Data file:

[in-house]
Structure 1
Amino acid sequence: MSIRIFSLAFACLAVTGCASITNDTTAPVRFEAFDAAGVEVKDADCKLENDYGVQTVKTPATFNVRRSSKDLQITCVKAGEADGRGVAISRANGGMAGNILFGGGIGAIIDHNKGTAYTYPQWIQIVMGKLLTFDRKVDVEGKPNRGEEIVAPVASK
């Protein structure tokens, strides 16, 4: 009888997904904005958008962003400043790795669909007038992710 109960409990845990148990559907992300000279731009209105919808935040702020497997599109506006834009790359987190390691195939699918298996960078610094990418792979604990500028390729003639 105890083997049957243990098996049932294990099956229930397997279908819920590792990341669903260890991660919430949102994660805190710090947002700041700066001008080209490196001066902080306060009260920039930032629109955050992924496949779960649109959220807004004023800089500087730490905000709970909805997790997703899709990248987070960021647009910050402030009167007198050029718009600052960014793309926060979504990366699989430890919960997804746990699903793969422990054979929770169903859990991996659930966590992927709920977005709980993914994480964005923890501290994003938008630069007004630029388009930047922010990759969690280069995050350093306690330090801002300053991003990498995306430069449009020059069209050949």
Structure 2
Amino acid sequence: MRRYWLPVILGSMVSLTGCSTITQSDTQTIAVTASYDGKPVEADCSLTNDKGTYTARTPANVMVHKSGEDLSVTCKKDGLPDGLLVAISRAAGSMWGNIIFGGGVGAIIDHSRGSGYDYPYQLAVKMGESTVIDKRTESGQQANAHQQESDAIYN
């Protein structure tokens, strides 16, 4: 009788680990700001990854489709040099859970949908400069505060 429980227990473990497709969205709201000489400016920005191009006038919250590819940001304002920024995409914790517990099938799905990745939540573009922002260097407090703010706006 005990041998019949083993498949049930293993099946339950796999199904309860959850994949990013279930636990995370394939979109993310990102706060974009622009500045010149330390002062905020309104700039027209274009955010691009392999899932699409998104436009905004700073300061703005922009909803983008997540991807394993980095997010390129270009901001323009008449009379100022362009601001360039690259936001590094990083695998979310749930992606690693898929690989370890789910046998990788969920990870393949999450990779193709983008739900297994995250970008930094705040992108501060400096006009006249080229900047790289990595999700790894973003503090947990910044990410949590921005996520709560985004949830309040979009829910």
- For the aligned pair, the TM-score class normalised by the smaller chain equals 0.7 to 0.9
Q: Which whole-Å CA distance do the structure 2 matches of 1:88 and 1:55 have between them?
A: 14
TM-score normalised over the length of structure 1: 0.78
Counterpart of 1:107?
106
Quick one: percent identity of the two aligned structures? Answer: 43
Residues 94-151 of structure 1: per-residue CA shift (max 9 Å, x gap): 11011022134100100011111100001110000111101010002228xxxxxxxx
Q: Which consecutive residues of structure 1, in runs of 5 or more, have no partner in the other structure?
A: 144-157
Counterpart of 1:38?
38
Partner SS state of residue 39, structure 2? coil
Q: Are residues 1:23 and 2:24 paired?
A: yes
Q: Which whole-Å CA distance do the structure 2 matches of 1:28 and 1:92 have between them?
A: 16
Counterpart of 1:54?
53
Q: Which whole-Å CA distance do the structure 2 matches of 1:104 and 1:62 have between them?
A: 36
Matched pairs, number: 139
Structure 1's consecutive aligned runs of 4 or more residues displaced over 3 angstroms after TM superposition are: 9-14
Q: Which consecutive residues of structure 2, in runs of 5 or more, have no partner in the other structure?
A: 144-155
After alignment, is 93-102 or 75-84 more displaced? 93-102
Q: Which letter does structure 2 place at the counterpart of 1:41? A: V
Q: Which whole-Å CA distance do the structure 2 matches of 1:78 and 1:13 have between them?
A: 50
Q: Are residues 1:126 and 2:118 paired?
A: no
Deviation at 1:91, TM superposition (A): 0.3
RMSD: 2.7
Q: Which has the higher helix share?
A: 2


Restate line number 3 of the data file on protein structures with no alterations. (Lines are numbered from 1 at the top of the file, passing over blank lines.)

Amino acid sequence: MSIRIFSLAFACLAVTGCASITNDTTAPVRFEAFDAAGVEVKDADCKLENDYGVQTVKTPATFNVRRSSKDLQITCVKAGEADGRGVAISRANGGMAGNILFGGGIGAIIDHNKGTAYTYPQWIQIVMGKLLTFDRKVDVEGKPNRGEEIVAPVASK